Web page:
Payroll Tax Savings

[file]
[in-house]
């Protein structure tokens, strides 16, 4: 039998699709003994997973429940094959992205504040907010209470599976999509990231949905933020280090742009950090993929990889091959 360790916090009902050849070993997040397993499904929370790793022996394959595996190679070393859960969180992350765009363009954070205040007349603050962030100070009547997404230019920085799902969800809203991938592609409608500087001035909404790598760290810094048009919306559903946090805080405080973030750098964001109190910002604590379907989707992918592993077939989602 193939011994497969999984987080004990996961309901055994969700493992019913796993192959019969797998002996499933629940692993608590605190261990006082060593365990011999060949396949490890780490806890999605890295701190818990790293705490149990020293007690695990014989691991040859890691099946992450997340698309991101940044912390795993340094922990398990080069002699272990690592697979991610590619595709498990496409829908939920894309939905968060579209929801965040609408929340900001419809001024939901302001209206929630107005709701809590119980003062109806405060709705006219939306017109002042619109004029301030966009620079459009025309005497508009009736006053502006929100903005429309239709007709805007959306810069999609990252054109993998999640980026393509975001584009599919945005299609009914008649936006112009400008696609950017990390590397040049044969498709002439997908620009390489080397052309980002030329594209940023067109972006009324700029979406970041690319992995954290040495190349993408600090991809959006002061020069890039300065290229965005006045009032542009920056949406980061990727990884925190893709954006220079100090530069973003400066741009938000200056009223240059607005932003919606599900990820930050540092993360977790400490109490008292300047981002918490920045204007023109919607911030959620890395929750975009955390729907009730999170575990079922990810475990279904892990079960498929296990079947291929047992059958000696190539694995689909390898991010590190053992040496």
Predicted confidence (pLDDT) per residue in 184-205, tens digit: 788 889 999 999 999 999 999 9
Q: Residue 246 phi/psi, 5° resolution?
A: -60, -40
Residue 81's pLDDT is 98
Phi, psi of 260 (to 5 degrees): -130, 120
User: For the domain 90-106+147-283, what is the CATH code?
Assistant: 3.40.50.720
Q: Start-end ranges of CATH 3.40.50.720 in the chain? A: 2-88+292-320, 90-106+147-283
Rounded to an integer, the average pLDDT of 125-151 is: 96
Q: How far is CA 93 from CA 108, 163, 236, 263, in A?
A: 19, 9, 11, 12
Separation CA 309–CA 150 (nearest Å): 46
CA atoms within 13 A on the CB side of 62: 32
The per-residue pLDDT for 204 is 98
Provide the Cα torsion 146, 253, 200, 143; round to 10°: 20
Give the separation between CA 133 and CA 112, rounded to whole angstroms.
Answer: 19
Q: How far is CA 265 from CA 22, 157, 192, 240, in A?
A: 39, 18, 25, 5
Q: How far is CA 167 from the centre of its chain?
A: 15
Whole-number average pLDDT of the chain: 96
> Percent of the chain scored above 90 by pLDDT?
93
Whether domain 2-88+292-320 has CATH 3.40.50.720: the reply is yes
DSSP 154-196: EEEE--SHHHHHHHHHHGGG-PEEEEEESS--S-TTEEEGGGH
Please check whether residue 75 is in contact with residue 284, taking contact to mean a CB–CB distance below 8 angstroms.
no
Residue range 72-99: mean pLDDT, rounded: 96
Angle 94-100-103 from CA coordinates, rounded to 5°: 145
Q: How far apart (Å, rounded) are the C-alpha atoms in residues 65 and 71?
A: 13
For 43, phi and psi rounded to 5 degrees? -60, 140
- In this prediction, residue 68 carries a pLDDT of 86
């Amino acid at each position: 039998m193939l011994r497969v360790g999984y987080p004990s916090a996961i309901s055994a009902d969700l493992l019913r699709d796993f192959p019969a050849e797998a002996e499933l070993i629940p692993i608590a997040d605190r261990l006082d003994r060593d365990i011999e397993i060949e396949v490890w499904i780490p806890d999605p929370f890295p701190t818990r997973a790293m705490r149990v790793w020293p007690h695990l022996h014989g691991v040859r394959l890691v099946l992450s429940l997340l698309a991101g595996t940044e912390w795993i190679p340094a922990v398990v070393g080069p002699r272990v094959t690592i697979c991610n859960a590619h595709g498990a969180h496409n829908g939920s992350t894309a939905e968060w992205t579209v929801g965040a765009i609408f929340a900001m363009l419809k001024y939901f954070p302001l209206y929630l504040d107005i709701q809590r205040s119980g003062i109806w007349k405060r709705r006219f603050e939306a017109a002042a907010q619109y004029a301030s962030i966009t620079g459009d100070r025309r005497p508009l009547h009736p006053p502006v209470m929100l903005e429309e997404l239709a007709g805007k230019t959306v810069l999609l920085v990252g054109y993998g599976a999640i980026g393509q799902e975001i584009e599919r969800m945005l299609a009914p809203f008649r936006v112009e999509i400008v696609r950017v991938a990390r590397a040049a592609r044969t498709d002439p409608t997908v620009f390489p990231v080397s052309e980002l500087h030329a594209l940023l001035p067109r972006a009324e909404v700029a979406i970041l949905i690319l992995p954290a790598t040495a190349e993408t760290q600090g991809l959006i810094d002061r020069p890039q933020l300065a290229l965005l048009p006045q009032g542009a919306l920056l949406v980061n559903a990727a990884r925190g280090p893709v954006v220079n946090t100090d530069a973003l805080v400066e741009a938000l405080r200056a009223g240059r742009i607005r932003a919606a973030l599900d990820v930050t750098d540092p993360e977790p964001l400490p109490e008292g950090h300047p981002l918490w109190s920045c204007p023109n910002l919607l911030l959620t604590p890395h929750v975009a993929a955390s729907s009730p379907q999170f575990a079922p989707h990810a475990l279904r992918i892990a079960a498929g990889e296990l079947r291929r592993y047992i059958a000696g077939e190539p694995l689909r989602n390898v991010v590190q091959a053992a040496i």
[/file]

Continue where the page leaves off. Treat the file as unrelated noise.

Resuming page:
The third major advantage and this is based on the shareholder(s) income that there could be payroll tax savings. First, with an S-Corp if you are active shareholder running the business, you are a shareholder/employee. Because you are employee, you are required to have payroll. So, the strategy is to allocate the S-Corp income where you pay the payroll taxes as an employee which is subject to both employer and employee payroll taxes, however, the S-Corp income is not subject to the payroll taxes. Not including unemployment taxes and CA SDI, the total Federal payroll taxes for both Social Security and Medicare for 2016 employer and employee contributions is 15.3% up to $118,500 and 2.9% for payroll over $118,500. How the 15.3% is calculated is social security totals 12.4% with 6.2% paid by the employee and 6.2% paid by the employer. For Medicare it is 2.9% with the employee paying 1.45% and the employer paying 1.45%. Otherwise, 12.4% plus 2.9% equals 15.3%. So, let’s say if your business made $100,000. If you split the income 50% to S-Corporation being $50,000 and $50,000 to salary, then your gross savings is $7,650 if you multiply 15.3% by $50,000. However, at the end of the day, the savings is reduced first by getting a tax deduction of 7.65% for the employer portion of Social Security and Medicare paid by the employer deducted off the S-Corp return. The other issue and will go into detail more later, is though the S-Corporation is not subject to Federal taxes, it is subject to CA taxes. The CA Franchise Tax Board (FTB) rules is an S-Corporation must pay the greater of $800 or 1.5% of its S-Corporation income every year. So, if you factor the employer payroll tax deduction, plus the 1.5% that is required to be paid to the CA FTB, at the end of the day the net tax savings is in the range of 10-12%, not 15.3% if your salary paid is under $118,500.